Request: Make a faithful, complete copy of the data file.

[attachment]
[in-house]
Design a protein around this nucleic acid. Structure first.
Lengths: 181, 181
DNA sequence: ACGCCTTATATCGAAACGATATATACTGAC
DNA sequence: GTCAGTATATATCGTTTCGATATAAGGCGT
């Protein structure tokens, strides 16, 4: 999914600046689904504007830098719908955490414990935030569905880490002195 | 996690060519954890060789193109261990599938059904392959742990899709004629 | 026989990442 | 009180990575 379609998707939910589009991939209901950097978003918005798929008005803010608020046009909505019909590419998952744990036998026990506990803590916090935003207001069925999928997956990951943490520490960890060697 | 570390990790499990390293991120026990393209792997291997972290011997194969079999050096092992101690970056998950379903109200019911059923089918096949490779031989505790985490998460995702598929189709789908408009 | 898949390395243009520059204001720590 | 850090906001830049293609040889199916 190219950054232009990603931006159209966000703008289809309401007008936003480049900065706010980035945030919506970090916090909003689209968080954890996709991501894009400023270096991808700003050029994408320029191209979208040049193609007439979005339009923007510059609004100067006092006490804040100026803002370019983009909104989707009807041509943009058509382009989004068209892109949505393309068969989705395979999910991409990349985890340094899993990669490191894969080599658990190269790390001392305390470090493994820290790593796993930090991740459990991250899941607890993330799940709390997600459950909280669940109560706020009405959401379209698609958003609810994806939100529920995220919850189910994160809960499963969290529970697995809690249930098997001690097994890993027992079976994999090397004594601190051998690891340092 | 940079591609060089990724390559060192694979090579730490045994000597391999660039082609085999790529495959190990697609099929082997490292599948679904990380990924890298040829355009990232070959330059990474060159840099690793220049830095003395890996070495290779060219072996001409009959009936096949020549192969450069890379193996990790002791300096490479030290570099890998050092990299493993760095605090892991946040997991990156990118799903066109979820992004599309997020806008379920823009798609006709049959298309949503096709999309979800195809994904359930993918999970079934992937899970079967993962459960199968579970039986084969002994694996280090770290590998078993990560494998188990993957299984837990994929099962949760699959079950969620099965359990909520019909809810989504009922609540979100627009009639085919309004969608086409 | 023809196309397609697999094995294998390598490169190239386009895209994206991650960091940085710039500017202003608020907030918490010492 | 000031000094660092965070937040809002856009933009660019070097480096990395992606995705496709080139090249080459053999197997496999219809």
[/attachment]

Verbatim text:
[in-house]
Design a protein around this nucleic acid. Structure first.
Lengths: 181, 181
DNA sequence: ACGCCTTATATCGAAACGATATATACTGAC
DNA sequence: GTCAGTATATATCGTTTCGATATAAGGCGT
């Protein structure tokens, strides 16, 4: 999914600046689904504007830098719908955490414990935030569905880490002195 | 996690060519954890060789193109261990599938059904392959742990899709004629 | 026989990442 | 009180990575 379609998707939910589009991939209901950097978003918005798929008005803010608020046009909505019909590419998952744990036998026990506990803590916090935003207001069925999928997956990951943490520490960890060697 | 570390990790499990390293991120026990393209792997291997972290011997194969079999050096092992101690970056998950379903109200019911059923089918096949490779031989505790985490998460995702598929189709789908408009 | 898949390395243009520059204001720590 | 850090906001830049293609040889199916 190219950054232009990603931006159209966000703008289809309401007008936003480049900065706010980035945030919506970090916090909003689209968080954890996709991501894009400023270096991808700003050029994408320029191209979208040049193609007439979005339009923007510059609004100067006092006490804040100026803002370019983009909104989707009807041509943009058509382009989004068209892109949505393309068969989705395979999910991409990349985890340094899993990669490191894969080599658990190269790390001392305390470090493994820290790593796993930090991740459990991250899941607890993330799940709390997600459950909280669940109560706020009405959401379209698609958003609810994806939100529920995220919850189910994160809960499963969290529970697995809690249930098997001690097994890993027992079976994999090397004594601190051998690891340092 | 940079591609060089990724390559060192694979090579730490045994000597391999660039082609085999790529495959190990697609099929082997490292599948679904990380990924890298040829355009990232070959330059990474060159840099690793220049830095003395890996070495290779060219072996001409009959009936096949020549192969450069890379193996990790002791300096490479030290570099890998050092990299493993760095605090892991946040997991990156990118799903066109979820992004599309997020806008379920823009798609006709049959298309949503096709999309979800195809994904359930993918999970079934992937899970079967993962459960199968579970039986084969002994694996280090770290590998078993990560494998188990993957299984837990994929099962949760699959079950969620099965359990909520019909809810989504009922609540979100627009009639085919309004969608086409 | 023809196309397609697999094995294998390598490169190239386009895209994206991650960091940085710039500017202003608020907030918490010492 | 000031000094660092965070937040809002856009933009660019070097480096990395992606995705496709080139090249080459053999197997496999219809």